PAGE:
Critic slams Ottawa Children’s Aid Society for marching in Gay ‘Pride’
OTTAWA, August 25, 2015 (LifeSiteNews) -- A pro-family organization has criticized the Ottawa Children’s Aid Society (CAS) for “abandoning their responsibility” to protect children by marching in Ottawa’s annual pro-homosexual ‘Pride’ parade that took place Sunday.
“CAS is responsible to look after vulnerable children in need of care and who need to be protected. They are absolutely abandoning their responsibility by endorsing [same-sex] behaviors that are known to create enormous complications for children, both morally and emotionally,” Gwen Landolt, a lawyer and National Vice-President of REAL Women of Canada, told LifeSiteNews.
While CAS has participated in the parade in previous years, this year the children’s organization made its presence very obvious. On August 19, CAS organized a “Picnic in the Park” as part of the city’s week-long “pride festival,” stating in a promotional piece that appeared in the homosexual news service Xtra that the “LGBT community is a strong ally of the Children’s Aid Society of Ottawa, and we are proud to work with the LGBT community for Pride again this year.” The organization ran a float in the parade as well as manned an information booth.
In 2013 LifeSiteNews’ Patrick Craine attended the Ottawa ‘Pride’ parade and described it as “a large-scale, state-backed celebration of kinky sex,” observing that “the drive to glorify illicit sex … animates the entire event.”
LifeSiteNews contacted CAS Ottawa via email with the following: “CAS is known as an organization that protects children, especially from sexual abuse. But at Pride parade we see a lot of semi-nudity (sometimes complete nudity), hyper-sexualized dancing, people wearing bondage and sadomasochism gear, and even people engaging in mock sex acts. How do you respond to parents who are deeply concerned to see your organization supporting this event?”
CAS Ottawa spokesperson Zoë Quigg responded: “I’m sorry to say that we don't have anybody available to answer your questions at this time.”
Studies show that homosexual practices and behaviors are associated with increased rates of disease and mental disorders. In 2009 the homosexual group Canadian Rainbow Health Coalition filed a complaint with the Canadian Human Rights Commission saying that the danger of ‘gay’ sex required the government to shift public health priorities to active homosexuals.
"We have one of the poorest health statuses in this country ... Health issues affecting queer Canadians include lower life expectancy than the average Canadian, suicide, higher rates of substance abuse, depression, inadequate access to care and HIV/AIDS,” the group stated.
"There are all kinds of health issues that are endemic to our community. We have higher rates of anal cancer in the gay male community, lesbians have higher rates of breast cancer ... the reality is there is (sic) more GLBT people in this country who die of suicide each year than die from AIDS, there are more who die early deaths from substance abuse than die of HIV/AIDS,” continued the group.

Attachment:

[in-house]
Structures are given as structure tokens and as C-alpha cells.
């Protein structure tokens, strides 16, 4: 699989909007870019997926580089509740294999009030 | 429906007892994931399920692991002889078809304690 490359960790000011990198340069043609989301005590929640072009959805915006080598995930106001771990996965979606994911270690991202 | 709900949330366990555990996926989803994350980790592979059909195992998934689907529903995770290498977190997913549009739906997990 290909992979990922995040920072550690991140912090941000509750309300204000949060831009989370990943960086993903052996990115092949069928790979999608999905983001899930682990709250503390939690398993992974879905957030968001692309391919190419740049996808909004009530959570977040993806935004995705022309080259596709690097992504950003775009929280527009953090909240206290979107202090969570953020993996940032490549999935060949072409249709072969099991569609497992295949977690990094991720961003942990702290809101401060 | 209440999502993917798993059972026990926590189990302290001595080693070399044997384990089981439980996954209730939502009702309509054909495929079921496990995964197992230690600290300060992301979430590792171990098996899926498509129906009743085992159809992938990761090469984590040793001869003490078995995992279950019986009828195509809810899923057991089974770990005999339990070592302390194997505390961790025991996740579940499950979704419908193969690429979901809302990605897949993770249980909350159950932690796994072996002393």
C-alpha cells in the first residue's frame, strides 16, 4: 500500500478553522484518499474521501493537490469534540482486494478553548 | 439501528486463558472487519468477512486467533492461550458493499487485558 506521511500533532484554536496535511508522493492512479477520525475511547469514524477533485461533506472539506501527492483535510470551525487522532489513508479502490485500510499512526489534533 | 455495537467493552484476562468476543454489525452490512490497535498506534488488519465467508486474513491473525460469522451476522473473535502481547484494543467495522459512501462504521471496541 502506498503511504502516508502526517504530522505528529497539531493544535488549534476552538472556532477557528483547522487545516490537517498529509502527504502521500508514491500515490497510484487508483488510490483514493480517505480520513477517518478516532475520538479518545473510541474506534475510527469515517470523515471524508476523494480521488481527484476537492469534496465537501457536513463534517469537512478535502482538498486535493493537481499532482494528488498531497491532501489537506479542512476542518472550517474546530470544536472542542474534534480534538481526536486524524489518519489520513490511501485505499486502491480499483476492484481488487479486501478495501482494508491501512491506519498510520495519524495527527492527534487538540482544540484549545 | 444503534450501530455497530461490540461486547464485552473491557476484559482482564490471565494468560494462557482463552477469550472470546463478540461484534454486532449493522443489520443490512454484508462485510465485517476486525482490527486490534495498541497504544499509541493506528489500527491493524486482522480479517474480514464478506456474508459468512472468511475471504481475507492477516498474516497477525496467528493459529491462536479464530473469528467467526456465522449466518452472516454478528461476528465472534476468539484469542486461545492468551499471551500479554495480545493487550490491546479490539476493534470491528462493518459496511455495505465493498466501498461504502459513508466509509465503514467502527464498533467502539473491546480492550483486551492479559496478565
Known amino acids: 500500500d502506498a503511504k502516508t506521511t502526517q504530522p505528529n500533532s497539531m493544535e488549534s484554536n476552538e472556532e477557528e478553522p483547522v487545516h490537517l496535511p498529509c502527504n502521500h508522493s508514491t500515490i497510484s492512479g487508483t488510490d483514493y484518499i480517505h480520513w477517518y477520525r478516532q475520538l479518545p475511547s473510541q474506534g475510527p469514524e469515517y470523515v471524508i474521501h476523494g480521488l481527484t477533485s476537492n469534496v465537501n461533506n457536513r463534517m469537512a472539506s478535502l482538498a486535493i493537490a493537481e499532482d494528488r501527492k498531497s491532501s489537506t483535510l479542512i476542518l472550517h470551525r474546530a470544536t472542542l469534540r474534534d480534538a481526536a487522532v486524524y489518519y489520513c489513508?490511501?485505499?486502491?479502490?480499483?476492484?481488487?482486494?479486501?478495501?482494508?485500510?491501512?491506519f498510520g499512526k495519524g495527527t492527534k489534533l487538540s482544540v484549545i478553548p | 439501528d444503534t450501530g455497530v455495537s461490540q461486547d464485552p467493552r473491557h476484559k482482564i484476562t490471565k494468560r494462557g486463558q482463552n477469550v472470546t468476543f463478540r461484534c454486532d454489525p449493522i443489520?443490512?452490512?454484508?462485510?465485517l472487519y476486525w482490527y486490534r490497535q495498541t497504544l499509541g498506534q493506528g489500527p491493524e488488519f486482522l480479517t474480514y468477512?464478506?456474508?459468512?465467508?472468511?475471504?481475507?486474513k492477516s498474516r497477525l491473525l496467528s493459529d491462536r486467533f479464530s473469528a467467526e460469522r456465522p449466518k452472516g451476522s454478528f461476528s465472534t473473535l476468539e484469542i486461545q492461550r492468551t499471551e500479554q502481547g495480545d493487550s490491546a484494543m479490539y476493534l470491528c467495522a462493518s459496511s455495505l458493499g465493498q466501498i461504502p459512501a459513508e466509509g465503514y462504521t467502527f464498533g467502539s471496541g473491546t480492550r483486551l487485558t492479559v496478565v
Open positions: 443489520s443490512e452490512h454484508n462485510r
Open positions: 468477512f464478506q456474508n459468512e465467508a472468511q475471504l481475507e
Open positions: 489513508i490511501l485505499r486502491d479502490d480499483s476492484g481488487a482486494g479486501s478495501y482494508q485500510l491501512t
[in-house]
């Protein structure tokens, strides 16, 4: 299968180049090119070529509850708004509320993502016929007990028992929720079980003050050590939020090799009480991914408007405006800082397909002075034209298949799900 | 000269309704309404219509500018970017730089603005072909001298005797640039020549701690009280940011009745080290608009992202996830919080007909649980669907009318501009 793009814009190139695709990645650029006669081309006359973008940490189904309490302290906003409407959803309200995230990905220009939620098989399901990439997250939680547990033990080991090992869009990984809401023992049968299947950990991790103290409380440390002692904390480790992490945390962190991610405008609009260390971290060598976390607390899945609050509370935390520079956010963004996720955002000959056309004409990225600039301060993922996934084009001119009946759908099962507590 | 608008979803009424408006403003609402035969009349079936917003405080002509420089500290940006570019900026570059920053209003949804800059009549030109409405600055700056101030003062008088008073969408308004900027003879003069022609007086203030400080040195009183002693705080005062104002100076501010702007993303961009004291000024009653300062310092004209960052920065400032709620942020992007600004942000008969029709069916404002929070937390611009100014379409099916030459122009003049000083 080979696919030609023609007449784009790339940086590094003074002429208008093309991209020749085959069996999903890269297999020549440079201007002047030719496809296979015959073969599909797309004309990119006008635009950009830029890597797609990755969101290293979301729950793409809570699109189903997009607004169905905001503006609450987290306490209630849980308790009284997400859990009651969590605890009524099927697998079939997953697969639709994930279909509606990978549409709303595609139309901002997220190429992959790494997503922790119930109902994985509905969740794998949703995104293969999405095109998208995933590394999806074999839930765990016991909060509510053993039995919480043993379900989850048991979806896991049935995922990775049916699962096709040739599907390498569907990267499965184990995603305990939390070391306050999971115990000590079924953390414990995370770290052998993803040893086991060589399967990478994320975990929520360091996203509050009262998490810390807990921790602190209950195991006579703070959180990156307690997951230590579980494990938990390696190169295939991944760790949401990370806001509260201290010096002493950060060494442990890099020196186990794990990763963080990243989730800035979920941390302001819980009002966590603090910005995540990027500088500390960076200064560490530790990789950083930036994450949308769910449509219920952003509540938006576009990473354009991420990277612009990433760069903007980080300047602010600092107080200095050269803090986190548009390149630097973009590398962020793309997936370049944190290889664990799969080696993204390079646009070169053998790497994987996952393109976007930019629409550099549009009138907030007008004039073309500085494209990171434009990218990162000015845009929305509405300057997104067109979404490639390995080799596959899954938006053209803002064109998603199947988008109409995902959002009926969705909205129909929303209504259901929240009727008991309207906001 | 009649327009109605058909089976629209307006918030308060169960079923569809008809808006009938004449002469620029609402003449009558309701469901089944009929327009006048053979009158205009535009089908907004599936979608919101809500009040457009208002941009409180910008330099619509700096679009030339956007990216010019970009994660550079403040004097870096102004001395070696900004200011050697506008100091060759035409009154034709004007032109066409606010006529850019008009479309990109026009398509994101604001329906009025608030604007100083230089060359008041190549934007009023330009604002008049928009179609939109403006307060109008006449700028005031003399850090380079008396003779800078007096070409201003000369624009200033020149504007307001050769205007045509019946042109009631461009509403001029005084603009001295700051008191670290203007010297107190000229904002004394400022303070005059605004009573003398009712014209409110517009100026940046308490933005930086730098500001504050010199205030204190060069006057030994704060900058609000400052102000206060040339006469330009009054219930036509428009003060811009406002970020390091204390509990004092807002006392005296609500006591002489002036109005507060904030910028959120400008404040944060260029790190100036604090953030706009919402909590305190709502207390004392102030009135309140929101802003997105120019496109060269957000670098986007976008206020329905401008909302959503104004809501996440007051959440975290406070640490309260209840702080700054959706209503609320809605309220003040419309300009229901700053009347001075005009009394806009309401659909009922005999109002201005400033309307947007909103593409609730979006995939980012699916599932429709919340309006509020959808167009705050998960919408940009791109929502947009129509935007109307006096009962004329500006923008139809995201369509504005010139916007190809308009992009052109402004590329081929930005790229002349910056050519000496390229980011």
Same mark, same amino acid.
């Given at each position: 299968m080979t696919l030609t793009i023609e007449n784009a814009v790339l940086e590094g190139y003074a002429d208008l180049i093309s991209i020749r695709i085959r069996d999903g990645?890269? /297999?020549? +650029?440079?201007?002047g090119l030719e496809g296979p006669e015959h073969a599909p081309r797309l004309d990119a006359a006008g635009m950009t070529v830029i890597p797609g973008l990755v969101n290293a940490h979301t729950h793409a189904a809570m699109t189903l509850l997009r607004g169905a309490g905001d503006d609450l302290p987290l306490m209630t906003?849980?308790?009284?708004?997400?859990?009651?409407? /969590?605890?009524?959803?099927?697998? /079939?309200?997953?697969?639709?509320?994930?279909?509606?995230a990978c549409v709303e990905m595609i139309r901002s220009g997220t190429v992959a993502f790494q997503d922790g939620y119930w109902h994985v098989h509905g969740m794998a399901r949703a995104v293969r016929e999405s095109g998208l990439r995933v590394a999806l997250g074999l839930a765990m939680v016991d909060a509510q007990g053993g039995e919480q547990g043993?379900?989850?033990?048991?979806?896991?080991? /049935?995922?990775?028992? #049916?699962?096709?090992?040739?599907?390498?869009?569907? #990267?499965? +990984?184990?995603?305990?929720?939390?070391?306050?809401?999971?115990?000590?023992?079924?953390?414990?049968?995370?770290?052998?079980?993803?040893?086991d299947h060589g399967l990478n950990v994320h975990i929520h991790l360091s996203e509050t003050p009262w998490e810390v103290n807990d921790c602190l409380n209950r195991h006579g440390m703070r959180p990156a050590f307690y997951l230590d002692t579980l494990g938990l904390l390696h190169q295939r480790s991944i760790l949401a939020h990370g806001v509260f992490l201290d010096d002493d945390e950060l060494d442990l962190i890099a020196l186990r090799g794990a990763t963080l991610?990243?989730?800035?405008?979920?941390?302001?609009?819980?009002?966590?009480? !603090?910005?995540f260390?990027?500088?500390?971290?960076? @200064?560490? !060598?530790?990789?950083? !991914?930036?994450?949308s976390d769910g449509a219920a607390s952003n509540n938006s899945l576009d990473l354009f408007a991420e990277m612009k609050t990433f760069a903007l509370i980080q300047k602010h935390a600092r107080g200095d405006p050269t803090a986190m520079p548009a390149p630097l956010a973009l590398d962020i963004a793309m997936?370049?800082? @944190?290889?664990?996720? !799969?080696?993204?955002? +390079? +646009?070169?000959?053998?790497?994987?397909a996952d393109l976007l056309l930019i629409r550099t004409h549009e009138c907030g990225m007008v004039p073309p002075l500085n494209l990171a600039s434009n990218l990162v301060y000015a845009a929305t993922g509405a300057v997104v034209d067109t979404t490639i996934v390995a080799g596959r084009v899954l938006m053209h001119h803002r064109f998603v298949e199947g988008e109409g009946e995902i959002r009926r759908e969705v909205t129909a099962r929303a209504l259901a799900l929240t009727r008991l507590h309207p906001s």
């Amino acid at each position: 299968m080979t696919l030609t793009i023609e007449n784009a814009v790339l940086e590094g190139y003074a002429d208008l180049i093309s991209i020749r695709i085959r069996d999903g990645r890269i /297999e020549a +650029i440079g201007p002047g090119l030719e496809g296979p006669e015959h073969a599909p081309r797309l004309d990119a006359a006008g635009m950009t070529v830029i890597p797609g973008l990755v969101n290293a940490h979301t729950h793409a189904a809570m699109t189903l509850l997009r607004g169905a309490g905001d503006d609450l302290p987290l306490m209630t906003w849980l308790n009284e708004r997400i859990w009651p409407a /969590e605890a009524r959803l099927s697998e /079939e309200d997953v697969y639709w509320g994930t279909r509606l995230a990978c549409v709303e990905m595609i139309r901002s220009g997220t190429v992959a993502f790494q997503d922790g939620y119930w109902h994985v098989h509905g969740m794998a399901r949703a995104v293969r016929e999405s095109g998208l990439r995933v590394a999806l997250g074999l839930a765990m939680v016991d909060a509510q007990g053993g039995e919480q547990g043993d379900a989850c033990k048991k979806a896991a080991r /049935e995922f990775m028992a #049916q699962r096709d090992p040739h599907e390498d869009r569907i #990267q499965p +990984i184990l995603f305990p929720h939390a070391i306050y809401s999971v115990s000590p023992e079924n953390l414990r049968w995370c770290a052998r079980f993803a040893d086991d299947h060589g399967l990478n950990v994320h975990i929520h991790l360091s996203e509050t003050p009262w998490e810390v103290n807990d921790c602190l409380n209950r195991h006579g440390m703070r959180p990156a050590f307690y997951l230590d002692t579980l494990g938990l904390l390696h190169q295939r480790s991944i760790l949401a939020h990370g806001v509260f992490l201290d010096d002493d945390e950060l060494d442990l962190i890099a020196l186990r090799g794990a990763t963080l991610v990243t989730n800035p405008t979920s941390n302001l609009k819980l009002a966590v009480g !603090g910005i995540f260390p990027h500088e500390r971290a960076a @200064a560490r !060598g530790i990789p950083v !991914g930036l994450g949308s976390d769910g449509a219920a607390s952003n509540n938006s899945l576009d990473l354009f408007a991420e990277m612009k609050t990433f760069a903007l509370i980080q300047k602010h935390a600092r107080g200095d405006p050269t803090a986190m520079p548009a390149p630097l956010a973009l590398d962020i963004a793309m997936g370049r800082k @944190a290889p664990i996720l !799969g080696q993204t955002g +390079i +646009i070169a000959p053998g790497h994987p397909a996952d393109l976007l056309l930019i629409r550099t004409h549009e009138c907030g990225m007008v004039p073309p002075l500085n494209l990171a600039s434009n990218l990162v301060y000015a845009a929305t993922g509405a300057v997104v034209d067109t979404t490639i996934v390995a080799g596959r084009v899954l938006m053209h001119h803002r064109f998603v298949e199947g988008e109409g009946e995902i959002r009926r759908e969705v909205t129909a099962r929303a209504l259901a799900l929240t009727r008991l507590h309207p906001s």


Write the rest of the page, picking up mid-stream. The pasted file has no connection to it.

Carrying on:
In 2013 the Canadian Blood Services instituted a deferral period as a necessary precaution in protecting the blood supply from the risk of disease caused by practicing homosexual men. Health Canada’s Robert Cushman defended the move at that time calling homosexual activity “risky behaviour.”
Landolt said that CAS marching in the parade and being “trendy” about homosexuality means that parents should not trust children with the organization.
“CAS marching in the parade gives children the impression that it’s OK to enter into this murky dismal lifestyle that brings ill health, unhappiness, and loneliness. It affirms homosexuality, which we know is harmful to society and harmful to the individuals themselves. Parents should be very apprehensive about the Children’s Aid because it’s not objectively looking after children.”
“This is a prime example of a lack of judgement and common sense. The children are not safe with the Children’s Aid. This just confirms it,” she said.
CAS has been strongly criticized in the past for taking children away from parents and putting them into sexually abusive and violent homes. Some critics suggest that as many as 20 per cent of children overseen by CAS suffer some form of abuse when taken from their homes.
In 2011, former foster parent Esther Buckareff made a film for a master’s thesis at Ryerson University titled “Powerful as God,” in which she interviews 26 people whose lives were tragically affected by the agency’s actions. The project can be viewed online at Blackout.ca.
Now that the agency has made it clear that it has no problem marching to a beat set by homosexual activists, parents are left to wonder what this could mean for the children who enter into the agency’s system to receive help, care, and protection.
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